Thursday, April 21, 2011

iPod Touch Mother's Day Ad Aims at Boomers' Children

I was blown away by Apple's iPod Touch advertisement for Mother's Day, which seems to me to be aimed at the children of the Boomer mom. I received this ad in an email today. The ad says:



Mom can see you anytime with FaceTime on iPod touch. She can make a FaceTime call to an iPhone 4, iPod touch, iPad 2, and Mac.* She'll also enjoy HD video recording, apps, and more. 

Apple, of course, is right. Who would want this item more than a mom with a kid in college or some grandkids in another state? And who are these people Apple is trying to reach? Baby Boomers, of course. The ad does neglect to remind buyers that they'll have to make sure there is Wi-Fi in mom's house or she won't be able to make that FaceTime call. But I digress.

Apple goes one step further and suggests some apps you might want to download for your mom. That way the iPod can be loaded with apps mothers can use from the start. They include "Yoga STRETCH" an app that has custom and preloaded yoga sessions complete with instructions and music; ShopKick for the shopper mom, an app that offers deals and rewards at major retailers; Instagram which will let mom turn her pictures into "works of art"; and then for baker mom: Martha Stewart Makes Cookies. The ad also suggests Books, so mom can read on her iPod Touch.

While Apple seems to be addressing the Boomer audience with this ad, the way the company is doing it seems a bit condescending to me. This app is aimed at young people or young adults and wants them to give this device as a gift to their mothers. To my knowledge, Apple has never addressed the Baby Boomer woman directly with an ad that says here is the iPod Touch and this is why you might like it. Boomer women have buying power too! I'm sure this is just one opinion about this ad; you may have your own.

I haven't written much about the iPod Touch in this column, basically because I don't own one. I opted for the iPhone which includes a phone as well as all of the iPod Touch functions. Now my iPhone is becoming outdated and I find that some of the apps I want aren't available for it. In particular one app I’ll be reviewing next doesn’t work on the 3GS. I had to borrow a phone from a family member to see how it works! And I asked my son to take pictures of the app on his iPhone 4.  I'll upgrade when the new iPhone 5 comes out, which is now rumored to be in September. However, for many of you, an iPod Touch would be a less expensive alternative to an iPhone, while still giving you access to all the newer apps you can enjoy.

I know that when I have a computer problem, I turn to a younger member of my family to help me out. Computers, especially PCs, are still complicated beasts that sometimes need an expert's attention. Perhaps we Boomers are more used to being introduced to technology by young people. Yet Apple has made a product that is so simple and intuitive to use that most people can pick it up and use it without needing an instruction manual...even Baby Boomers. After all, Steve Jobs is a Baby Boomer. I think this company can try talking directly to us, before they talk to our children.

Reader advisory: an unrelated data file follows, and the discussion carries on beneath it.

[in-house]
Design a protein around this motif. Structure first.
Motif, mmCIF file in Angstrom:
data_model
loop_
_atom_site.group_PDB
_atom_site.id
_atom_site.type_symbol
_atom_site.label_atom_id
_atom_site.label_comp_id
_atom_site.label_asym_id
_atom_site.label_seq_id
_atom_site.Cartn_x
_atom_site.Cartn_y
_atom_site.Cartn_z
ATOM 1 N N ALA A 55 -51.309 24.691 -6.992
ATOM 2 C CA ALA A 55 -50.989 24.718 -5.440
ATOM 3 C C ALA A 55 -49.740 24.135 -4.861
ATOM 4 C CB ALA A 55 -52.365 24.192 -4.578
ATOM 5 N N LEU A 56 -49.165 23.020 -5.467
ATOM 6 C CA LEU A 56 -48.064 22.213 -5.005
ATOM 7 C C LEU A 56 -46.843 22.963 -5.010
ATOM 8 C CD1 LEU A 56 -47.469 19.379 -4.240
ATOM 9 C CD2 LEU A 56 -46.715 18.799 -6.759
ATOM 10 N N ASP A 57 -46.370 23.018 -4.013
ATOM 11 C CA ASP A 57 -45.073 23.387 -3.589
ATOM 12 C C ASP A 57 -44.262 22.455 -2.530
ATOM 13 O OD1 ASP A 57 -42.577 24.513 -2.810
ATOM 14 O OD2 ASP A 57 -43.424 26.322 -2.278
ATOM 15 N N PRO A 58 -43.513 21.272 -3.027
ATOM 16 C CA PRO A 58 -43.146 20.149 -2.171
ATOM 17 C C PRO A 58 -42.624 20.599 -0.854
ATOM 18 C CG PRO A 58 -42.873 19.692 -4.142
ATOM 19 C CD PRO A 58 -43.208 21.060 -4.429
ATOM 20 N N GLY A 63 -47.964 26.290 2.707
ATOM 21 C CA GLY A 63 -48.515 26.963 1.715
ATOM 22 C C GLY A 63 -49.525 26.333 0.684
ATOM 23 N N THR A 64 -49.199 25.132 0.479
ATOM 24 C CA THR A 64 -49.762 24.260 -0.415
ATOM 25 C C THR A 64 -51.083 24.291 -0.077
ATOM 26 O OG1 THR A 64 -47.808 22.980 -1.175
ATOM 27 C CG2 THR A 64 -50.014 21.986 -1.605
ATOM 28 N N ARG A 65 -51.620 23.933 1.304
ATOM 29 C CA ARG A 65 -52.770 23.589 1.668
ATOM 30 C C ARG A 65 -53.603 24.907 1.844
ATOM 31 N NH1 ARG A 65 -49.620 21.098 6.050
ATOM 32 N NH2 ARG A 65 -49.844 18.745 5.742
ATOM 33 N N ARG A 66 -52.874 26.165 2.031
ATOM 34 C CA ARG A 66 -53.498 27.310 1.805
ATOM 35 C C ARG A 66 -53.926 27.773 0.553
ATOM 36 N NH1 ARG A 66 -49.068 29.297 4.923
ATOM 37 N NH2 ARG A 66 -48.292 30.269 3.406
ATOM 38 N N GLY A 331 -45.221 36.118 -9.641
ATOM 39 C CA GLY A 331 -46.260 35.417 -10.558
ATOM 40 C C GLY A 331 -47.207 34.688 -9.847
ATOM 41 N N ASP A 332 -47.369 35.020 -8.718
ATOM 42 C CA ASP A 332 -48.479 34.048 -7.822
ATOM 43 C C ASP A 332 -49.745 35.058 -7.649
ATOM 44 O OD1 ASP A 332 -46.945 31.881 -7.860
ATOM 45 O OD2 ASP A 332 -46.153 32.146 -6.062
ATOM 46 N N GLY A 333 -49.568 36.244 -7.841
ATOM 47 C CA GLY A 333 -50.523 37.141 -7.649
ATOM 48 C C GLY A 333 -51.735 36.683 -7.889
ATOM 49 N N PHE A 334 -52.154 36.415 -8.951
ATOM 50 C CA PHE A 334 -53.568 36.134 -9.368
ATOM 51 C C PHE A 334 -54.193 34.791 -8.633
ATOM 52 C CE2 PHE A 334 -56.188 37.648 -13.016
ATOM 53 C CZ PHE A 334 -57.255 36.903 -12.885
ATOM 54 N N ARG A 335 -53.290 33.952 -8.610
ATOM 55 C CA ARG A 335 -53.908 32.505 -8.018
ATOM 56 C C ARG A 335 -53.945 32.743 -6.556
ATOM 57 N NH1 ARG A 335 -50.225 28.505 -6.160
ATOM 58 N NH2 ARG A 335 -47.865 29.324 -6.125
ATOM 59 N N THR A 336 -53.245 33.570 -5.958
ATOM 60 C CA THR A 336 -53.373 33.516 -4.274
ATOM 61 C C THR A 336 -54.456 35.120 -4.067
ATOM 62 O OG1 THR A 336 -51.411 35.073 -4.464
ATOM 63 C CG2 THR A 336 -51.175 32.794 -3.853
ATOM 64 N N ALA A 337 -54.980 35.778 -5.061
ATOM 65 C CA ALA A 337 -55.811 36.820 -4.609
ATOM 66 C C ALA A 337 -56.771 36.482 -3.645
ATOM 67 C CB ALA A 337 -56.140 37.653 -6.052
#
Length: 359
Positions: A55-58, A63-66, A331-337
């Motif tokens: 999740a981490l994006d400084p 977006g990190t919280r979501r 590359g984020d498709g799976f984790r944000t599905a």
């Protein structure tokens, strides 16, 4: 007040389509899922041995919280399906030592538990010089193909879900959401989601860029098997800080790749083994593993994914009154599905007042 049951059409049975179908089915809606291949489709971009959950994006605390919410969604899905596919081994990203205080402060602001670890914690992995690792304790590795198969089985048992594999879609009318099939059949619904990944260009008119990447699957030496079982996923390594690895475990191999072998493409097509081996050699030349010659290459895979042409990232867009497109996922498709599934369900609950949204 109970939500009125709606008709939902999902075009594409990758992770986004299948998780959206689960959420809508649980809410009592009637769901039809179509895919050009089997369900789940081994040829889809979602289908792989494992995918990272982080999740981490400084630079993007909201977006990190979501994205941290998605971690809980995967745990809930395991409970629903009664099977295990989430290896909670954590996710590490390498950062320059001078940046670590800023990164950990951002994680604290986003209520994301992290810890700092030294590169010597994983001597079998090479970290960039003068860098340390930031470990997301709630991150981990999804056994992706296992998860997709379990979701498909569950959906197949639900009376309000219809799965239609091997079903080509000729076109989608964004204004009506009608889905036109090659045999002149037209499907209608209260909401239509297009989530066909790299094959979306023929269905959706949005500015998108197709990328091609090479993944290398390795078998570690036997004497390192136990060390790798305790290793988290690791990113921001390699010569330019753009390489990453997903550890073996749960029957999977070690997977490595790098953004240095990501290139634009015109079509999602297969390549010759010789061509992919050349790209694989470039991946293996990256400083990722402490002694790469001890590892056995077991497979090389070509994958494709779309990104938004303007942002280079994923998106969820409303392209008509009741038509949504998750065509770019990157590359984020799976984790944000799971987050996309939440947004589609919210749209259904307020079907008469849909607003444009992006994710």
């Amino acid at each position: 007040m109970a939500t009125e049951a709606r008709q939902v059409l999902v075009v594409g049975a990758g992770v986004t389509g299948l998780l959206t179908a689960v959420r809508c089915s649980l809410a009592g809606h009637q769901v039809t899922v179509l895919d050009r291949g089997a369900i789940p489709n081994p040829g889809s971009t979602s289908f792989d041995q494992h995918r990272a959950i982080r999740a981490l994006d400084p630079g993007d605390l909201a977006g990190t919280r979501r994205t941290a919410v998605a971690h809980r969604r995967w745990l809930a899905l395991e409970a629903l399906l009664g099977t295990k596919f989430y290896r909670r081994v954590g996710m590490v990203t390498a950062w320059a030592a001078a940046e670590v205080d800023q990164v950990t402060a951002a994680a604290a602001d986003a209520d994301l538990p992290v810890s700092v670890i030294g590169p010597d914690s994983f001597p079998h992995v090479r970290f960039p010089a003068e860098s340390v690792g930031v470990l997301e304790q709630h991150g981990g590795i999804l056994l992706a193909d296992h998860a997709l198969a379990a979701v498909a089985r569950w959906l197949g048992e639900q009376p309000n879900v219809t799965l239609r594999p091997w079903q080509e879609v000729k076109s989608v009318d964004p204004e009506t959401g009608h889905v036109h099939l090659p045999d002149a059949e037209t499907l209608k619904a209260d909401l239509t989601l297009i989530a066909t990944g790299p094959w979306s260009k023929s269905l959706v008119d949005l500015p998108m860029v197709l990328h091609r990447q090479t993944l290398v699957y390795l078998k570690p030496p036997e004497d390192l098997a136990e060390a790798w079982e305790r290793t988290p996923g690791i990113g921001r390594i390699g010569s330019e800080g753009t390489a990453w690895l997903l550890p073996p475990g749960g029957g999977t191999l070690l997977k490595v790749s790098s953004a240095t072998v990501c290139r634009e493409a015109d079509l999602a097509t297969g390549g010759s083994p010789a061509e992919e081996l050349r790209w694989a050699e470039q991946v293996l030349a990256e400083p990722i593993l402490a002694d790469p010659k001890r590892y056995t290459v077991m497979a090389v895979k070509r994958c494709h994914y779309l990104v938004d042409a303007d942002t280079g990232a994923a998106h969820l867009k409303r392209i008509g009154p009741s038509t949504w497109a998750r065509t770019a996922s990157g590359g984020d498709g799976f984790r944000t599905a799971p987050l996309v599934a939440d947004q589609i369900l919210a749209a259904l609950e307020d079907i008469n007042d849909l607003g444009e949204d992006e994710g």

4 comments:

Skip Meetze said...

You make a very interesting observation. It reminds me that Apple has a history of catering to young adults and students from the beginning of the company.

Back in 1986, I was working as a contract employee at Xerox, and I attended a professional conference with a colleague. Dave was 15 years my junior, but except for my years of extra experience, we had identical credentials. We both had a Masters Degree and a year of working under contract at Xerox doing usability testing.

We were both interested in being hired direct and we signed up for job placement at the conference. Apple invited each of us for preliminary interviews that lasted about 10 minutes. I couldn’t help noticing that all the Apple employees doing the interviewing were Dave’s age and that he got invited for a second interview. I (with my graying hair) did not. As it happens, we were both hired direct by Xerox a year later.

I’m with you on the buying power of boomer women. Yet, I must admit that Mr. Jobs seems to be successful doing what he is doing. I’m still buying his products even though he is not focussing his ads at me either.

Skip said...
This comment has been removed by the author.
Skip said...

You make a very interesting observation. It reminds me that Apple has a history of catering to young adults and students from the beginning of the company.

Back in 1986, I was working as a contract employee at Xerox, and I attended a professional conference with a colleague. Dave was 15 years my junior, but except for my years of extra experience, we had identical credentials. We both had a Masters Degree and a year of working under contract at Xerox doing usability testing.

We were both interested in being hired direct and we signed up for job placement at the conference. Apple invited each of us for preliminary interviews that lasted about 10 minutes. I couldn’t help noticing that all the Apple employees doing the interviewing were Dave’s age and that he got invited for a second interview. I (with my graying hair) did not. As it happens, we were both hired direct by Xerox a year later.

I’m with you on the buying power of boomer women. Yet, I must admit that Mr. Jobs seems to be successful doing what he is doing. I’m still buying his products even though he is not focussing his ads at me either.

Esther Surden said...

No doubt: Steve Jobs is MOST successful at what he is doing! Thank you for your comment, Skip. I wonder what apps Apple will decide should be pre-loaded for Boomer fathers on Father's Day.